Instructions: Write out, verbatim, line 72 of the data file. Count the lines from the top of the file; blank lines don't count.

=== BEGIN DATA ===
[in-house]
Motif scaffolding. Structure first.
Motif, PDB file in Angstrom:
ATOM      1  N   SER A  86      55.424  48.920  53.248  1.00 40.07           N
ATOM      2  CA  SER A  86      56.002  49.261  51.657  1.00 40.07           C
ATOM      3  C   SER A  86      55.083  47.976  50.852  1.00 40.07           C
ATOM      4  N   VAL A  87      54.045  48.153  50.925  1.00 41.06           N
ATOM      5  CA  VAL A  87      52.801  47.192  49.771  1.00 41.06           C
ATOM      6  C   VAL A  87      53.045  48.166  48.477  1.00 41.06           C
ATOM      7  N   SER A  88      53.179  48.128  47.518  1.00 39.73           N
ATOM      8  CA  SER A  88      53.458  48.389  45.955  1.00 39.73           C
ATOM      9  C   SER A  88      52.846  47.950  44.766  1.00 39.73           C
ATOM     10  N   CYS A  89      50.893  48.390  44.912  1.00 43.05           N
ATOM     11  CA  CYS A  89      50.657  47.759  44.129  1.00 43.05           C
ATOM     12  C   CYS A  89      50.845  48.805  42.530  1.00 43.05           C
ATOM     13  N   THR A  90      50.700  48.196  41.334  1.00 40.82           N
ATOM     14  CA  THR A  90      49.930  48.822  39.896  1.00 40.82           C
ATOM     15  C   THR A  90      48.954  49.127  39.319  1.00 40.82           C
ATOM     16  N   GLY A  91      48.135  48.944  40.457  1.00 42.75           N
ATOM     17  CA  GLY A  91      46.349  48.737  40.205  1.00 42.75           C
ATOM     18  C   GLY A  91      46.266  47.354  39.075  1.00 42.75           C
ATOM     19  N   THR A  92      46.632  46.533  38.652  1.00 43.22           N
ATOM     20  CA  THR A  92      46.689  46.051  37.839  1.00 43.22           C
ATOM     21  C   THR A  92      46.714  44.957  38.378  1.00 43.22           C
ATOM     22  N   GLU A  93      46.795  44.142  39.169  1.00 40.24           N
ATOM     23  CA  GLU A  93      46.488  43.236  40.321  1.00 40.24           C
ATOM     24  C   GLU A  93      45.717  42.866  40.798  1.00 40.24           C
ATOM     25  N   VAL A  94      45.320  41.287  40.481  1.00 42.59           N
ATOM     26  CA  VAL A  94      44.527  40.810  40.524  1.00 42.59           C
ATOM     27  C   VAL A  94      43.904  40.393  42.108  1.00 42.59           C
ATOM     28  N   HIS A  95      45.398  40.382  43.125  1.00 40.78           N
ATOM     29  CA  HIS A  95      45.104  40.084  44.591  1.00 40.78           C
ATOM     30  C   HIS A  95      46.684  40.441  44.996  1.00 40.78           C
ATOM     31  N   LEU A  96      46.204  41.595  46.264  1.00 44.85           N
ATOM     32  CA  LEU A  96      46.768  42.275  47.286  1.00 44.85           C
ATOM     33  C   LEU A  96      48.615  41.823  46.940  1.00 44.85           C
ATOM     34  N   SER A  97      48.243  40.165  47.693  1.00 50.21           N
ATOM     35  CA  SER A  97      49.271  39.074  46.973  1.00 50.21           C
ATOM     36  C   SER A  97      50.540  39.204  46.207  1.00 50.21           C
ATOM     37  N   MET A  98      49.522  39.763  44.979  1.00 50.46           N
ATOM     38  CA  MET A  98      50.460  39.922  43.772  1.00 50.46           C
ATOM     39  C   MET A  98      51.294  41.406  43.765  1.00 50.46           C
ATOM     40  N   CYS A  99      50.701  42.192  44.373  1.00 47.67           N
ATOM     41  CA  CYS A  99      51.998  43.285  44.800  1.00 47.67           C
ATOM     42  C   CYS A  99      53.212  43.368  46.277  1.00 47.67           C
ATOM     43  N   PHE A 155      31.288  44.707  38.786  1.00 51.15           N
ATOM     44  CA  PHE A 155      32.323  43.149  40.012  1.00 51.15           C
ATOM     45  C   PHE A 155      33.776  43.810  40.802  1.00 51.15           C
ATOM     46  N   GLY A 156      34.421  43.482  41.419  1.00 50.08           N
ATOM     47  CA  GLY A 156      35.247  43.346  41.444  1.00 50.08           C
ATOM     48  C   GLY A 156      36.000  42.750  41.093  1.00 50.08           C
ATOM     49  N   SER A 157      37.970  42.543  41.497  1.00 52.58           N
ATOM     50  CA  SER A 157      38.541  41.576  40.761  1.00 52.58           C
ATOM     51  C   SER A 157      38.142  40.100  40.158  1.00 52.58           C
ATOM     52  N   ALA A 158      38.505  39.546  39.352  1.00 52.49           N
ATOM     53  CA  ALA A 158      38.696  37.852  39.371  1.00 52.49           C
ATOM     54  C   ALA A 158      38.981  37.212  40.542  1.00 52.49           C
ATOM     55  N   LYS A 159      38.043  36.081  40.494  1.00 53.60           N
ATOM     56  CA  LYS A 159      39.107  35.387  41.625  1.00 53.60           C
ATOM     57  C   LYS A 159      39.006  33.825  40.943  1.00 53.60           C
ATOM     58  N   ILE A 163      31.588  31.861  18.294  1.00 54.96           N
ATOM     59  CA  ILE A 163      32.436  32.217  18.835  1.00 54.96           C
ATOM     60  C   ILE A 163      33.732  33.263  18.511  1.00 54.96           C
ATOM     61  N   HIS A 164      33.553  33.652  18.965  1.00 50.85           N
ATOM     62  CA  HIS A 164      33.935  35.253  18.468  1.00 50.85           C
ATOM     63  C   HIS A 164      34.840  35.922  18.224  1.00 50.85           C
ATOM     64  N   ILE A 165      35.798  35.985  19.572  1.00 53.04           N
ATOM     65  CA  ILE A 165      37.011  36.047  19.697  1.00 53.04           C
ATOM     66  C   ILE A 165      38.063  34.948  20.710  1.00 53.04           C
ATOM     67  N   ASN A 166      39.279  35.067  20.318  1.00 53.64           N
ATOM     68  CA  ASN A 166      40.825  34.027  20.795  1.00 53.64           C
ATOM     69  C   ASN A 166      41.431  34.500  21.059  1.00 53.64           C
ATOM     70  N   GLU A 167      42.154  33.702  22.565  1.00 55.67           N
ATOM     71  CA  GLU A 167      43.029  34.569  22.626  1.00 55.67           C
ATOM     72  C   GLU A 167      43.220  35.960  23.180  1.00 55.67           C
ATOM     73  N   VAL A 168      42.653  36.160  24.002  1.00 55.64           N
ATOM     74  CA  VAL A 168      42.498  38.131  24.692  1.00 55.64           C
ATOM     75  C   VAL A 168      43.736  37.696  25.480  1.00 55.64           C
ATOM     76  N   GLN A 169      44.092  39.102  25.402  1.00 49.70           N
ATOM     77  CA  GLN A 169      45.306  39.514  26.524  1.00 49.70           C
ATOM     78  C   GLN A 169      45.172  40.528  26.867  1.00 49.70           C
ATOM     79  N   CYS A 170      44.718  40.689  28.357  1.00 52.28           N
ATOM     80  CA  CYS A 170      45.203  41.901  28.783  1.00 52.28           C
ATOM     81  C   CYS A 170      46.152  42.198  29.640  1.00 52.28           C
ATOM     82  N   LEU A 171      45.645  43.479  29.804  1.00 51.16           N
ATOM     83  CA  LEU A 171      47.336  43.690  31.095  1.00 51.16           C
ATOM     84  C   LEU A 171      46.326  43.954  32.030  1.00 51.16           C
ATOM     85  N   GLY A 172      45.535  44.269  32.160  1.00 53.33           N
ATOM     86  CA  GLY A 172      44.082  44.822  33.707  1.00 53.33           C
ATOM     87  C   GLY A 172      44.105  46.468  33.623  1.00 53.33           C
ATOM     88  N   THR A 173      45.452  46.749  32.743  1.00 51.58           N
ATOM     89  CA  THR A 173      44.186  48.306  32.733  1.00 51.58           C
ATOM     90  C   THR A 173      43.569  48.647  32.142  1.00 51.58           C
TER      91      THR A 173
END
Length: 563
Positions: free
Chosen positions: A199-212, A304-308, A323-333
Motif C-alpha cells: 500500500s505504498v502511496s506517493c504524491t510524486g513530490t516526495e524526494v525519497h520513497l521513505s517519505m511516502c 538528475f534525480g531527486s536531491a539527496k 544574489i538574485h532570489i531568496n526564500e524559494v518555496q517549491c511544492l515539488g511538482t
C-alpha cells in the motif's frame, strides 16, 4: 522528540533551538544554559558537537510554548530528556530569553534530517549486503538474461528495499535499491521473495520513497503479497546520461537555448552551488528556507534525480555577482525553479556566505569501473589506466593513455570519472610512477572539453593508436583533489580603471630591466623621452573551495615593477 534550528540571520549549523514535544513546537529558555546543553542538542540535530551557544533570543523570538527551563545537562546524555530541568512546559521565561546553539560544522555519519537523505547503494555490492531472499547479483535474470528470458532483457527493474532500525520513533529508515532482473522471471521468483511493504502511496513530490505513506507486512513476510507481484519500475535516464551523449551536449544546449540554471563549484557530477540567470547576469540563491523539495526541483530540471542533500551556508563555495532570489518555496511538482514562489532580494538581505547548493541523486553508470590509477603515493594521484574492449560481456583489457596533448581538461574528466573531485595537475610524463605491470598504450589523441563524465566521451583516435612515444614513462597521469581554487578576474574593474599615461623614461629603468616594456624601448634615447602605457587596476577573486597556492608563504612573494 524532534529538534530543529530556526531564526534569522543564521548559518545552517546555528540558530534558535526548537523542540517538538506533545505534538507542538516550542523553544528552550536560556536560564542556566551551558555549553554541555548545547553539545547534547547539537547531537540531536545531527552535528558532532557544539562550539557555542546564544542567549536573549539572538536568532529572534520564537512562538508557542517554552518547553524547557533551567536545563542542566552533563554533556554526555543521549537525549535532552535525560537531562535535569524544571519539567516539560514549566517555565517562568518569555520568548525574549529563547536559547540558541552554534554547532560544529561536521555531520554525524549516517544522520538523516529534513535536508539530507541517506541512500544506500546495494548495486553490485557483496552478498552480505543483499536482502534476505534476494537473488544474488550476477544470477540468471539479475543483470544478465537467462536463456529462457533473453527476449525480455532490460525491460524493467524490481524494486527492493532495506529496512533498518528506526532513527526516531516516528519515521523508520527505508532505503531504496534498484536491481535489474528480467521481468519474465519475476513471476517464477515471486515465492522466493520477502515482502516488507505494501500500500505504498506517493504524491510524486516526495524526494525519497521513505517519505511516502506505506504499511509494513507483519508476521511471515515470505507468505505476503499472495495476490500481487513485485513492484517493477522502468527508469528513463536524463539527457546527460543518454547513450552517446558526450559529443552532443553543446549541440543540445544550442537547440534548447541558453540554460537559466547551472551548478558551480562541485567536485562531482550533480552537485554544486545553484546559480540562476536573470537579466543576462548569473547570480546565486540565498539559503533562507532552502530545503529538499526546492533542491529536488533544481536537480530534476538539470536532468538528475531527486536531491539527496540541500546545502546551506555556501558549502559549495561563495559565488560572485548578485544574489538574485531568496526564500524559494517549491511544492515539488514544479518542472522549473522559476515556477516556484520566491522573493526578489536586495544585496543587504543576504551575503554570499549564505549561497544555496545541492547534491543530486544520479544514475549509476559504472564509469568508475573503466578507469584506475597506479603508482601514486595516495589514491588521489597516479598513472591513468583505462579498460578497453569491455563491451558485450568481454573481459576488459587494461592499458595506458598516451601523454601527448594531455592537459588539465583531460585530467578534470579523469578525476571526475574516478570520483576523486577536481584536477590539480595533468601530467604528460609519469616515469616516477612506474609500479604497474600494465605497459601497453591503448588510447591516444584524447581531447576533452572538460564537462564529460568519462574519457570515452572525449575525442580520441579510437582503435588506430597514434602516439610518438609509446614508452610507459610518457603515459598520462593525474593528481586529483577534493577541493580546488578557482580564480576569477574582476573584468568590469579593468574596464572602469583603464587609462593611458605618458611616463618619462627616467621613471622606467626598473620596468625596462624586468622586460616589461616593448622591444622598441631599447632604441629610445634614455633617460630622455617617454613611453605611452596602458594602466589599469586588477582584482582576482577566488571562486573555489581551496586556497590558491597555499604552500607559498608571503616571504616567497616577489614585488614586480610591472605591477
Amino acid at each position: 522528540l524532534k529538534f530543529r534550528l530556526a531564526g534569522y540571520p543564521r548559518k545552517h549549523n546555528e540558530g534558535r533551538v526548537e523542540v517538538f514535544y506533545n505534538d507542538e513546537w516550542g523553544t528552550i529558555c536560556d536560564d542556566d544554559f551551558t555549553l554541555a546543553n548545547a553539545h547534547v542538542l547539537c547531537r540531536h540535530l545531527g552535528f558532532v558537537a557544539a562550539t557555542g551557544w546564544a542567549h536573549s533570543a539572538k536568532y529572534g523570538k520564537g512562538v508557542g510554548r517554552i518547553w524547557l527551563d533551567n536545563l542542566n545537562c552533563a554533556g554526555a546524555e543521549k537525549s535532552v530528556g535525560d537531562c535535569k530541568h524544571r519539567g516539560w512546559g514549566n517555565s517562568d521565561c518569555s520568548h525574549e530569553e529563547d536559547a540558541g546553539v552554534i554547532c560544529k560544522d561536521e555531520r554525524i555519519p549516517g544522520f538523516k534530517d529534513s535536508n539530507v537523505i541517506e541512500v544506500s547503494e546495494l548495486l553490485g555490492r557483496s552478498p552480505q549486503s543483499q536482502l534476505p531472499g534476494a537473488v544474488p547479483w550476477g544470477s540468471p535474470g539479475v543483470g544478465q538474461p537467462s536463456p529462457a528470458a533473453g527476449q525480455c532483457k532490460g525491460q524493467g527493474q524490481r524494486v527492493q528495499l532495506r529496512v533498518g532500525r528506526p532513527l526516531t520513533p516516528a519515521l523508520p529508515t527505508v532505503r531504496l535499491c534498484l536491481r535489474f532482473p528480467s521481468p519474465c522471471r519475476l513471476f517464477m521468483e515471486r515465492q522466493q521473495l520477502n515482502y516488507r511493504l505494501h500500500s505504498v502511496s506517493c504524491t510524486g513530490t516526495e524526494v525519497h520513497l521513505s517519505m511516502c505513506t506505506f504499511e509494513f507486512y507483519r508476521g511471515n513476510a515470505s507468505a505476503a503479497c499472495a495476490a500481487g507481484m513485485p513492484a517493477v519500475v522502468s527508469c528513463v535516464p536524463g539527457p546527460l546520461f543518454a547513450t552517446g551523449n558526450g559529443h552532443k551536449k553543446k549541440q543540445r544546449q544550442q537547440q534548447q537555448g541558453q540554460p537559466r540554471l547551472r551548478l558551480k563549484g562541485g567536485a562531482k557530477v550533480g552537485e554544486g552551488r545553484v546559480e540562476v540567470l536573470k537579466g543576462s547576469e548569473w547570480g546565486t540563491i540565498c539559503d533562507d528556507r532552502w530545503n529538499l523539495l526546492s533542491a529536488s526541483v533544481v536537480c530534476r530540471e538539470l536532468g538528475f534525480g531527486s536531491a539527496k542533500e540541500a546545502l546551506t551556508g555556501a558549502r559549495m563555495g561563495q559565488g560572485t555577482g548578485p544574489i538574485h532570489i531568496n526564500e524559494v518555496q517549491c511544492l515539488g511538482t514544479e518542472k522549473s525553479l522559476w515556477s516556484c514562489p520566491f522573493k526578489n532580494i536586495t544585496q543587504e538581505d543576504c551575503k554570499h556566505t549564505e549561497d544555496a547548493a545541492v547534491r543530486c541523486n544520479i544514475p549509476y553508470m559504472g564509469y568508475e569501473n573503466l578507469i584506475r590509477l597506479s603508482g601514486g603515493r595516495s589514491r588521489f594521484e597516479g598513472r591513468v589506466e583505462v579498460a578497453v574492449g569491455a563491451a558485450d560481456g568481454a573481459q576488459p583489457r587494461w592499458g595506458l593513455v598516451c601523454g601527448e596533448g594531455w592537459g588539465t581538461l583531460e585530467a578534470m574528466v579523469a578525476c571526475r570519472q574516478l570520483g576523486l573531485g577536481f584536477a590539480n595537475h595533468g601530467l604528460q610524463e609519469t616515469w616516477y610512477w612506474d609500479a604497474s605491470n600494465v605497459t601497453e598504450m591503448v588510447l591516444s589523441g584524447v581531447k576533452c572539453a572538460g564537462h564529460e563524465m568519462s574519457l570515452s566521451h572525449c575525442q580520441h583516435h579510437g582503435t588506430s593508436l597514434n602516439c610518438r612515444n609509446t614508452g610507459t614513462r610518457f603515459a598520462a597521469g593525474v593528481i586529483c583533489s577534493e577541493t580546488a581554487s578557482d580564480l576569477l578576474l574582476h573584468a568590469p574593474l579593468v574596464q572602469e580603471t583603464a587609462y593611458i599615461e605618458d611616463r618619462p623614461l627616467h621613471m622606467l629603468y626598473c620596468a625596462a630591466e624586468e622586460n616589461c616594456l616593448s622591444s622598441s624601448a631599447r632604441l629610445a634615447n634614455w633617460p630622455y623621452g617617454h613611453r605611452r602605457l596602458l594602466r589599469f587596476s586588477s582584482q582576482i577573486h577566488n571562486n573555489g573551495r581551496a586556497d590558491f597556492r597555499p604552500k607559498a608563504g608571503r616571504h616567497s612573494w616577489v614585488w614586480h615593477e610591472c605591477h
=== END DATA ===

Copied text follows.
ATOM     69  C   ASN A 166      41.431  34.500  21.059  1.00 53.64           C